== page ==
Choose cabbage varieties for planting based on the flavor you want to serve–and where you live.
Savoy cabbage leaves (crinkled leaves) are more pliable than smooth cabbage. They are sweet and mild flavored, easy to separate, and great to stuff and wrap. Try green winter-hardy January King (160-200 days–plant in the fall for spring harvest) or purple Alcosa (72 days).
Smooth-leafed cabbages are compact and great for cole-slaw and sauerkraut; try Early Jersey Wakefield (70 days), a small heirloom, Gonzales (66 days), a round mini-cabbage, or bright-colored Red Express (63 days).
Chinese or napa cabbage is suited for salads and stir-fries; it is long, light in color, extra tender, and mild flavored. Try Wong Bok (75 days), which is open-pollinated, or Little Jade (60 days), a mini-hybrid.
Cabbage grows best in cool weather. Plant cabbages in late summer or early fall in mild-winter regions. Plant cabbages in spring being sure there are enough days to harvest before hot weather begins.
Choose a variety suited to your region. Some cabbages, such as savoy types, can easily withstand frost and even snow. All cabbages are sweet after a morning frost. Hot weather will cause nearly all cabbages to flower and become tough and bitter.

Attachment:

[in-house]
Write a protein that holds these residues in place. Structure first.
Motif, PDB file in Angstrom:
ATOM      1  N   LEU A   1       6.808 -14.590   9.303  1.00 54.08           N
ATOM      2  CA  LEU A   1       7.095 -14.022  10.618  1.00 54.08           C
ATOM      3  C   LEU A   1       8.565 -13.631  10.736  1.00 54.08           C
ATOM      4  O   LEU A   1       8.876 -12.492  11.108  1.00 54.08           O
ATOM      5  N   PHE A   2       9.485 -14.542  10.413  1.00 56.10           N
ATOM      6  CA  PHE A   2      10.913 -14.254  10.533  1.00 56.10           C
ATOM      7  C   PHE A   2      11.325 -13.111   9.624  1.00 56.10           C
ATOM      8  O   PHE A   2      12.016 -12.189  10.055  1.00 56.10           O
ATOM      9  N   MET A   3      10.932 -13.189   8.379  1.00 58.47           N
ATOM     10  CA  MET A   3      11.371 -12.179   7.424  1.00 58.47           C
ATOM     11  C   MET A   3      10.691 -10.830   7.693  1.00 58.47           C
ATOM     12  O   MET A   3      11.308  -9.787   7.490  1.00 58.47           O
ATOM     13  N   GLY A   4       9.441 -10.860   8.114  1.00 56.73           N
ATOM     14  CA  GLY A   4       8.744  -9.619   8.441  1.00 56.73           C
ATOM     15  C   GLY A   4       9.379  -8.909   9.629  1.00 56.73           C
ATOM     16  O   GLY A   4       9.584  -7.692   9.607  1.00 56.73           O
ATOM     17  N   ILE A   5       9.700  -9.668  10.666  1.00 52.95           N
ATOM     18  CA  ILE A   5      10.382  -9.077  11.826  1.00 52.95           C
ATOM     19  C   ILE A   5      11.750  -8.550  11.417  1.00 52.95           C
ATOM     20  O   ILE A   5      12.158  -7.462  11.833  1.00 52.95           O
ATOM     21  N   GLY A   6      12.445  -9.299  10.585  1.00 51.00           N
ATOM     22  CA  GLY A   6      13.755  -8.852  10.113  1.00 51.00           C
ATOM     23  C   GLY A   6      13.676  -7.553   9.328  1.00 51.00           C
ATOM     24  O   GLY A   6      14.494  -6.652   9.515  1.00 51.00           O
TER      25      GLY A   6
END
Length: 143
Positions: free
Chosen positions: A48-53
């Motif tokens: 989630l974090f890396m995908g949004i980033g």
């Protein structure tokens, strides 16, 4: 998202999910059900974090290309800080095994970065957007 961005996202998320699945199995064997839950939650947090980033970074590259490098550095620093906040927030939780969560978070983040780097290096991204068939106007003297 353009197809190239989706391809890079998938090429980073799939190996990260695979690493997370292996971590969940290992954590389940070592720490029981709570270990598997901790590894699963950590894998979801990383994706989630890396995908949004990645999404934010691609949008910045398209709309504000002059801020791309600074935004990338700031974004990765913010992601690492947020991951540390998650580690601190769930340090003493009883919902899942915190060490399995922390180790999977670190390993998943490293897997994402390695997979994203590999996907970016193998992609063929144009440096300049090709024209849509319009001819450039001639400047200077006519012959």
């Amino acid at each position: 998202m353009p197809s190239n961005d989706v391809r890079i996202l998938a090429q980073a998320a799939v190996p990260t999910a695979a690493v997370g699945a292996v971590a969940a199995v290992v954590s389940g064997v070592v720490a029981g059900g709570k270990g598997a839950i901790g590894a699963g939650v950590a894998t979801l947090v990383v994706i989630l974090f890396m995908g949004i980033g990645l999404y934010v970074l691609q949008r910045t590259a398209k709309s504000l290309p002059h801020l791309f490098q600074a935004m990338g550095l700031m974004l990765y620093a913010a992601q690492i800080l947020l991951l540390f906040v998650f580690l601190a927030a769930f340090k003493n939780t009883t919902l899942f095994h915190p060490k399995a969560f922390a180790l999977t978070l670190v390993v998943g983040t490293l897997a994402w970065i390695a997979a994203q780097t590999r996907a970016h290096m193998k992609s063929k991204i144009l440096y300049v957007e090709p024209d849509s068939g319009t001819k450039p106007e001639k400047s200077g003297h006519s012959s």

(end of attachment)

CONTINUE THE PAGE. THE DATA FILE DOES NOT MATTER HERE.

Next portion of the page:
Cabbage is slow growing. Interplant cabbage with quick-growing leaf lettuce or quick growing cole crops such as kohlrabi or turnips. Mature size can be controlled by spacing. Plant cabbages close together for small heads.
Cabbages can be harvested cut-and-come-again style (harvesting a few leaves as needed) or cut the mature head from the stalk, leaving the stem and perhaps outer leaves in place—these plants may rehead or produce several small new heads in a few weeks.
Almost all cabbage varieties keep at least a few weeks in the refrigerator.
More tips: Planting Cabbage in Your Garden.